Queens Burmese glass to bring collectors running
Author: Richard Brewster | Posted: 11th July, 2014
About 70 pieces of rare Victorian Queens Burmese glass (hardly ever seen at auction) will be a major highlight of Christian McCann Auctions sale from noon Sunday July 13 at 426 Burnley Street, Richmond.
The Queens Burmese glass, belonging to collector Harold Price, sits among many fine examples of 18th and 19th century antique furniture, porcelain and art from major collections and more than 100 vendors and includes such delights as rare boulle furniture, temple vases and a carved walnut bedroom suite.
Among the more intriguing items are a rare 10th century Khmer carved stone bust, a Sumerian tablet more than 3000 years old and an 11th century Indian female torso.
Auctioneer Christian McCann said this is the first time he has auctioned such ancient antiquities and expects major collector interest.
Collectors also should be clamouring for exhibition ruby glass vases complete with enamel decorations.
“The quality of the porcelain is superb and includes 19th century French Sevres, English Royal Worcester and Royal Derby and German Meissen pieces,” he said.
The antique furniture is equally impressive and includes French 19th century boulle salon furniture and ormolu mounted and inlaid examples, and antique carved giltwood pieces – along with 18th and 19th century English burr walnut, mahogany and rosewood furniture.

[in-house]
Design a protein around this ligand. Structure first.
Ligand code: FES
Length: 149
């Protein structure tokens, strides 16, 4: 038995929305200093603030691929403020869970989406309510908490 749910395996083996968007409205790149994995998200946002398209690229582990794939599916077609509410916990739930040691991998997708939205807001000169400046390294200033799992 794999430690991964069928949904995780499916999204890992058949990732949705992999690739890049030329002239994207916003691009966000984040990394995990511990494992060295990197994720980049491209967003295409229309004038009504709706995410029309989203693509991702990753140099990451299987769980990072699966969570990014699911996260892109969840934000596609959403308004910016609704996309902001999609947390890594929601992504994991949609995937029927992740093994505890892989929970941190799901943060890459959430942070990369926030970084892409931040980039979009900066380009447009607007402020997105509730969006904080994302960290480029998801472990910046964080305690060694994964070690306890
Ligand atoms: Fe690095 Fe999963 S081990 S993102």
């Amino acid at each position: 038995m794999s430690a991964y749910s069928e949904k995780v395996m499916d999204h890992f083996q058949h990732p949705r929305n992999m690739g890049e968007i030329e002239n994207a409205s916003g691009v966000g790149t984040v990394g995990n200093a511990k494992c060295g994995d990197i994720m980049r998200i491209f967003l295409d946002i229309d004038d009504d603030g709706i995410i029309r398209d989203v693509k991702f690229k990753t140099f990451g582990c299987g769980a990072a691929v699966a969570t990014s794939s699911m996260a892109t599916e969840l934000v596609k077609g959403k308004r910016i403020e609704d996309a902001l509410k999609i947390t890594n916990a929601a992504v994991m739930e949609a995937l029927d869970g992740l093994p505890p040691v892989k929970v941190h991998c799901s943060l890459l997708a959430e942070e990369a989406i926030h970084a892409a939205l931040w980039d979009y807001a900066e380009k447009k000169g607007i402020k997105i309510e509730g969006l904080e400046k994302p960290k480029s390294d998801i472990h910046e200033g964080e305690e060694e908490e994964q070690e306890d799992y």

One of the major drawcards among the oriental section is an antique 10-panel Chinese lacquer and carved screen to go with magnificent examples of jade, ivory and bronze figures.
The auction also contains important exhibition bronze figures and figure groups, all signed by the makers, and a range of English and French 19th century long case clocks and clock sets.
Art is another attraction and there are many works by leading Australian and international artists.
Among the paintings are several by Walter Withers (1854-1914), an Australian landscape artist and member of the Heidelberg School of Australian impressionists.
Born in England, Withers arrived in 1882 in Australia to work on a farm. After about 18 months he moved to Melbourne and found a job as a draughtsman at a printing firm.
It was during this time that Withers began to work in black and white, executing chalk portraits for reproduction – a fine example being the Count von Bismark.
In 1887, Withers returned to England where he met and married his wife. The following year was back in Melbourne where he eventually settled at Eaglemont and became friendly with Arthur Streeton, Charles Conder, Tom Roberts, Fred McCubbin and other leading artists of the period.